Saturday, 26 June 2010

Who thinks they're better than anyone else? It's central for a reason.

The following Leeds schools have "expressed an interest" in dismantling the local educational psychology service, the SEN service, the school transport, the inspection and advice, the governor services - and a few other of our local central services in Leeds:

Boston Spa School Leeds
Bruntcliffe School Leeds
Farnley Park High School Leeds
Garforth Community College Leeds
Garforth Green Lane Primary School Leeds
Gledhow Primary School Leeds
Horsforth Specialist Science School Leeds
John Smeaton Community College Leeds
Meanwood Church of England Primary Leeds
Morley High School Leeds
Otley the Whartons Primary School Leeds
Rothwell Haigh Road School Leeds
St Margaret's Church of England Voluntary Controlled Primary SchLoeoel ds
West Oaks School and Technology College Leeds
Woodkirk High Specialist Science School Leeds
Woodlesford Primary School Leeds

If you teach or are a parent from one of these schools you might want to know this story:

There was a Sheffield school who decided to go it alone, go out of the state system. After a year they dismally failed the Ofsted, and the school was closed. This week, one of my friends was on interview with one of their ex-senior management teachers. He was desperate for the job [to pay the mortgage] that they were both going for. "But surely," my friend asked, "you'll get redeployed?", "No", he said, "When the school decide to go it alone, the local authority had to wash its hands of us, and when we failed, the council had no responsibility".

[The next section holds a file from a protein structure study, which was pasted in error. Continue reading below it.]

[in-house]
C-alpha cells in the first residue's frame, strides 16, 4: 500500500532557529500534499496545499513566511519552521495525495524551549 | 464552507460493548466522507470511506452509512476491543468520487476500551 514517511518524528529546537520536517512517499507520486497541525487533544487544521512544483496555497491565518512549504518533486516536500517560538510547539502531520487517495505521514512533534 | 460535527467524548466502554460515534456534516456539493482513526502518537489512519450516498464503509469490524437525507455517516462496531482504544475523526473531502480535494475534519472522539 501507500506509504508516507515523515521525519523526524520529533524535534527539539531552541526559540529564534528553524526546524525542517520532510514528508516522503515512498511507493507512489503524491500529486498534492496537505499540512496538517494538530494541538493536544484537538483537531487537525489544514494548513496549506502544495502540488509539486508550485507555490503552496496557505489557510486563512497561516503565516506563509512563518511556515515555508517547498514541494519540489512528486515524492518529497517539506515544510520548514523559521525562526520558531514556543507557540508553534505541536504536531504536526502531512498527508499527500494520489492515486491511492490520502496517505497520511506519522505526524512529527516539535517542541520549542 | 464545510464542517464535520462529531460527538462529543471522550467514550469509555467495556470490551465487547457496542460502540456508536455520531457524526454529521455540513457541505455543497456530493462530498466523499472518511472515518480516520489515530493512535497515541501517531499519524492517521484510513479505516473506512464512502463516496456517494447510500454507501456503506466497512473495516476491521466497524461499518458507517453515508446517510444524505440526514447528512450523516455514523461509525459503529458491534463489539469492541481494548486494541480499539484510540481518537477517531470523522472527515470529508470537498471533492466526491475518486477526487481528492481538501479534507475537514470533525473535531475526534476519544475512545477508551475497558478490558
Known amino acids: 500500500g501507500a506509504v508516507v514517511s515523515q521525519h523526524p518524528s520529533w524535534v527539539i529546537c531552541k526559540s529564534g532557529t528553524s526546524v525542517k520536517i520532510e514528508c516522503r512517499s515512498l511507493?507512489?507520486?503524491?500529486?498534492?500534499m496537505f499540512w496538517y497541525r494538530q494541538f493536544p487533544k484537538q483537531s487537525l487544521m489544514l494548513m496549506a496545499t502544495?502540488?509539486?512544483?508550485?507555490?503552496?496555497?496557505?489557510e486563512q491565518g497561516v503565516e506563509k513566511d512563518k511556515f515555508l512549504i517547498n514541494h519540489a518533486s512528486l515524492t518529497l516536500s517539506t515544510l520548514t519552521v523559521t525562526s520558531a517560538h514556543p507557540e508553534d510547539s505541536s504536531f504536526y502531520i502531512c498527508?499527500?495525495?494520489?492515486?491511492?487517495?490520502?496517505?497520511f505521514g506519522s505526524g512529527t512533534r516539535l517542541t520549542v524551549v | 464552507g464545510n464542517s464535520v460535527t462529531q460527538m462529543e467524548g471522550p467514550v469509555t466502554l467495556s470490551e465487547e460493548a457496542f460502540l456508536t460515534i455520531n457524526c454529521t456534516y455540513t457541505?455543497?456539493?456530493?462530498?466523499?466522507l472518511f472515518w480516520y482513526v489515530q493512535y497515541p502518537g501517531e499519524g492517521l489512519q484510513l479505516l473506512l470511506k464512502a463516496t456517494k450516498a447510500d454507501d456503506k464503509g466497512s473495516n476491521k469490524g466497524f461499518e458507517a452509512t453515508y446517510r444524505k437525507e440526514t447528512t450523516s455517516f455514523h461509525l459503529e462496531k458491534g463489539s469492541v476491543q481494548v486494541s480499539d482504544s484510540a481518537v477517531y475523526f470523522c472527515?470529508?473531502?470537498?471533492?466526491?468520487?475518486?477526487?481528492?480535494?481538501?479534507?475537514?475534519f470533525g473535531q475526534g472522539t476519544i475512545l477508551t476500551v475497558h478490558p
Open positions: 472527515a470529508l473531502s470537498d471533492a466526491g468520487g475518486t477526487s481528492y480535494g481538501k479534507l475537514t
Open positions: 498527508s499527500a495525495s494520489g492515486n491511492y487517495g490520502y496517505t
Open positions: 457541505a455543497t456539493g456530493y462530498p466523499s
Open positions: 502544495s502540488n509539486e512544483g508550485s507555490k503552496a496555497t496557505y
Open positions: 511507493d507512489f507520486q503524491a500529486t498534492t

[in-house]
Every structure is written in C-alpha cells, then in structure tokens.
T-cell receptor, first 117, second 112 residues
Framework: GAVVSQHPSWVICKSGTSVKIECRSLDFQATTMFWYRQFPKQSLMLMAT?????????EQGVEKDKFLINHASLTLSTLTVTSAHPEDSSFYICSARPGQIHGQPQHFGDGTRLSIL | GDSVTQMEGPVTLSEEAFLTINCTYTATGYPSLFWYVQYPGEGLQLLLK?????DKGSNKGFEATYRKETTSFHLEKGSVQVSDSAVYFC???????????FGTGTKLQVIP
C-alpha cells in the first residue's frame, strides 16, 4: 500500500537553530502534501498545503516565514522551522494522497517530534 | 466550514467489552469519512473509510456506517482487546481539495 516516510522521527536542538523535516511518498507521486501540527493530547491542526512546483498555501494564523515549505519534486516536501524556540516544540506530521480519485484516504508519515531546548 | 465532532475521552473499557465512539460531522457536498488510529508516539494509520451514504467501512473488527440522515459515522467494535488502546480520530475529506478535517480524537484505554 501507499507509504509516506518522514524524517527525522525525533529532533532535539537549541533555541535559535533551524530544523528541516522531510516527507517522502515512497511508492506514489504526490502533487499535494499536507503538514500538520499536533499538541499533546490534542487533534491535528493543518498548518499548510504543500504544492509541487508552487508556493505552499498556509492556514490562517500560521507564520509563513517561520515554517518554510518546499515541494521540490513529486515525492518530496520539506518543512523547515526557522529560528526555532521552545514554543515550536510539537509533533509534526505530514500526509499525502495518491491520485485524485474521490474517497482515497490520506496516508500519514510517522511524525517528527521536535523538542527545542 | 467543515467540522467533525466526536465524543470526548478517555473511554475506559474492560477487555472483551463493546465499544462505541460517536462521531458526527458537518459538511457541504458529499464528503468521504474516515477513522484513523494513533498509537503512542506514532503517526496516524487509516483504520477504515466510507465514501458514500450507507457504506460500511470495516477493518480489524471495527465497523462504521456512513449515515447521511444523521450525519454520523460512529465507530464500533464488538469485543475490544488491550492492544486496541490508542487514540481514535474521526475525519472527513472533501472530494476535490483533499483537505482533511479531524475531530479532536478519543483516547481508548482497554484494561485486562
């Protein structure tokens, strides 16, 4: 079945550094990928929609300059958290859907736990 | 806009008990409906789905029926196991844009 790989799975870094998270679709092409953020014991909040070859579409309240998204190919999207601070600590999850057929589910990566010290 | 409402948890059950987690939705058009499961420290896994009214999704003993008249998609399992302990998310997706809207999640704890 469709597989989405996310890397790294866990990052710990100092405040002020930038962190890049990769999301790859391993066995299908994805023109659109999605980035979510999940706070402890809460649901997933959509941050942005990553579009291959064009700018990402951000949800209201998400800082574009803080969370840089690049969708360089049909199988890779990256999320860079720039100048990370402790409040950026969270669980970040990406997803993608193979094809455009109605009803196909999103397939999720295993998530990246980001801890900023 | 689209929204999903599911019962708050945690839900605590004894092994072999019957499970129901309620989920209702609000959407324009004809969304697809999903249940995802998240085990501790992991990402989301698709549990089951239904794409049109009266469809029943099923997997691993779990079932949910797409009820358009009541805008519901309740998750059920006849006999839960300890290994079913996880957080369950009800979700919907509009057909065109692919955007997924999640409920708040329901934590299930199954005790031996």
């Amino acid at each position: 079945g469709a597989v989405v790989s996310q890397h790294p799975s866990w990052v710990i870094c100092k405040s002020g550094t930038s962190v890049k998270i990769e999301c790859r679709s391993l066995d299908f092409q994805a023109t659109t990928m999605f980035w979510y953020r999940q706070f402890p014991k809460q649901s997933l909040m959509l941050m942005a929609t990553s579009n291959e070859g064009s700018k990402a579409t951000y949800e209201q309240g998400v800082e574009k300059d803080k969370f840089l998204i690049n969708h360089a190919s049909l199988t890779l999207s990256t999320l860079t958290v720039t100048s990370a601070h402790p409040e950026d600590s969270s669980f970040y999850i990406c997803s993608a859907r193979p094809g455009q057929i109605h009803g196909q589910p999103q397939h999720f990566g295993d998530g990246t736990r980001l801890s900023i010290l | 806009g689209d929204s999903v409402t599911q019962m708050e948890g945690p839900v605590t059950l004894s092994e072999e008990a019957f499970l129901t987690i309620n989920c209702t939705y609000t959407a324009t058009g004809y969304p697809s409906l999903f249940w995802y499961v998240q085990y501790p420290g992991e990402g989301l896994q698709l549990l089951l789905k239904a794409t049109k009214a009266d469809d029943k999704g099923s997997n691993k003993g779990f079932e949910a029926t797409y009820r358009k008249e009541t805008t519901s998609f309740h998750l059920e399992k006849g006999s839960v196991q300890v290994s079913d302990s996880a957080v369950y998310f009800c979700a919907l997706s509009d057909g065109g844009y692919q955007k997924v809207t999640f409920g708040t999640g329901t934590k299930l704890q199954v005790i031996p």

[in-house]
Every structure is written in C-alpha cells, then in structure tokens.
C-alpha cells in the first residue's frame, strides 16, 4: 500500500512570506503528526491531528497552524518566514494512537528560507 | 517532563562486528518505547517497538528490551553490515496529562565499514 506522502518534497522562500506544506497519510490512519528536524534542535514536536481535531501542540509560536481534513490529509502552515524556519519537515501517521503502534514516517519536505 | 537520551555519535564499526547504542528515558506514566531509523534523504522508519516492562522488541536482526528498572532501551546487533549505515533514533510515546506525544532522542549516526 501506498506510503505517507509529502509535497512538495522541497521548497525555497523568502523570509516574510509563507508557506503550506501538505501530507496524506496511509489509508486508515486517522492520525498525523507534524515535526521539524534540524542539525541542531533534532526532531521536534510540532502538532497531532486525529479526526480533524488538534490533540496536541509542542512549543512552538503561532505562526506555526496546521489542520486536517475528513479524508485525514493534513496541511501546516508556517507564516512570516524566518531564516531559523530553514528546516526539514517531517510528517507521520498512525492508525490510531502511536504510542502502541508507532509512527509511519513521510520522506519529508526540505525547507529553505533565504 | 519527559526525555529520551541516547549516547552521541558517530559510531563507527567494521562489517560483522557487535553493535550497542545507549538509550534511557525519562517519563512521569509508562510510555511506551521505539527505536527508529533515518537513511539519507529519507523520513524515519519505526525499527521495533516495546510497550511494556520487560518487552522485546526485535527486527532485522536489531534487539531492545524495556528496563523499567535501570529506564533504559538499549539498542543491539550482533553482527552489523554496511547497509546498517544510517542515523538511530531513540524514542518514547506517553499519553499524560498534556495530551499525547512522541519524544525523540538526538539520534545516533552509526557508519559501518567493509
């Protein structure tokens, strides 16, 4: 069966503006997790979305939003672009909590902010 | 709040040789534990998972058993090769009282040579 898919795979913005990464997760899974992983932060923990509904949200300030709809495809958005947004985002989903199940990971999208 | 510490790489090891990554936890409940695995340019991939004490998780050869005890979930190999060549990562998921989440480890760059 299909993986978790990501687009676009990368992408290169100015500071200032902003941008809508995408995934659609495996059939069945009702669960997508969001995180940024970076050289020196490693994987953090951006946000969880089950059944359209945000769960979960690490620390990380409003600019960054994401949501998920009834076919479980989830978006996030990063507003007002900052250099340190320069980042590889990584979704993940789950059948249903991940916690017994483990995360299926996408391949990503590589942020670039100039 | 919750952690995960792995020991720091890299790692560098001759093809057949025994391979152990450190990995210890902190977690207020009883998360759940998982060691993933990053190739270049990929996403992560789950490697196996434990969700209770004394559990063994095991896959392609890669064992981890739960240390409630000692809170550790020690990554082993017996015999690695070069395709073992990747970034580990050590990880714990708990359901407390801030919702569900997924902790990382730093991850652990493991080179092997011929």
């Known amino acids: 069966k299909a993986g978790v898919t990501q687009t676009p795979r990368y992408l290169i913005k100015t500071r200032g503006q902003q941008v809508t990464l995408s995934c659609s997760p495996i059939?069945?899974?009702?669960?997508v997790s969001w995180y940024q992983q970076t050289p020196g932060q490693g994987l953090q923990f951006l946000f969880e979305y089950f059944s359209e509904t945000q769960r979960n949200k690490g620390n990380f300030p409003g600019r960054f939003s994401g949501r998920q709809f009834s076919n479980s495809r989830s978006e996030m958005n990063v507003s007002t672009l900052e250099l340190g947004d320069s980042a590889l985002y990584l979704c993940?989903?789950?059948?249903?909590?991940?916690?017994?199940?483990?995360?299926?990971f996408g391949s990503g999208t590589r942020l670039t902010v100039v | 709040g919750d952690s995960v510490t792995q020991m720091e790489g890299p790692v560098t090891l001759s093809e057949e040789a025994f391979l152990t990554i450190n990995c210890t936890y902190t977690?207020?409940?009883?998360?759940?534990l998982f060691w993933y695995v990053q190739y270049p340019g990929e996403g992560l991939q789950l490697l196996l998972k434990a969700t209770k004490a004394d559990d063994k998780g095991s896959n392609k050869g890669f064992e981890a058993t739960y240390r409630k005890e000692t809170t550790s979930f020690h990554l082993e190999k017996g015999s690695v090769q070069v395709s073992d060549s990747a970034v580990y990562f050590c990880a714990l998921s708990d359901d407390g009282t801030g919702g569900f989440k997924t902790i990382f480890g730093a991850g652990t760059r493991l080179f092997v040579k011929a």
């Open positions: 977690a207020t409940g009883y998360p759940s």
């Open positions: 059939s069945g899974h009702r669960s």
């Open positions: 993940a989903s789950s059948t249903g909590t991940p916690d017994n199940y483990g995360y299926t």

Ice berg - tip of - this is just one story. Does our public education system have to go into melt-down before the government comes to its senses? To the parents, governors and teachers of these schools I say this: when your schools accepts the 30 pieces of silver, and steps outside the system, what happens when they want to buy in NQT advice, or governor support, or a peripateic music teacher, or SEN support and the rest? [ie all the things they do now, but nobody really knows about] Answer is: they will have to pay over the odds, that is if these services have survived the lack of funds that your opt-out has created.

Don't be flattered into accepting the academy route. It's central for a reason. Teachers and their careers are not the enemy. They are the lifeline to our children's future.


  1. Firstly, it is unclear to me how they have 'expressed an interest' in what you say - implicitly, they have done this by expressing an interet in academy status. If that is the casse then your post is a gross over-extension of the interest - Academies might want to buy in such services.

    If no, then how short-sighted are they!?

    Do they think that the services are not needed, or that they can provide them better themselves? Maybe some of EduLeeds' cemtral services could be more effective, but there are some that are so specialist and small that a central unit is always going to be more effective than a host of schools buying theri own services. Let's not throw the baby out with the bathwater.

  2. It is of course by default. Once the money that would have gone to to the central services has gone to the academies instead, the central services will have no means to keep themselves going. So when the academies do decide we need a educational psychologist or a bassoon teacher, for example, they won't be around anymore to fulfill this need.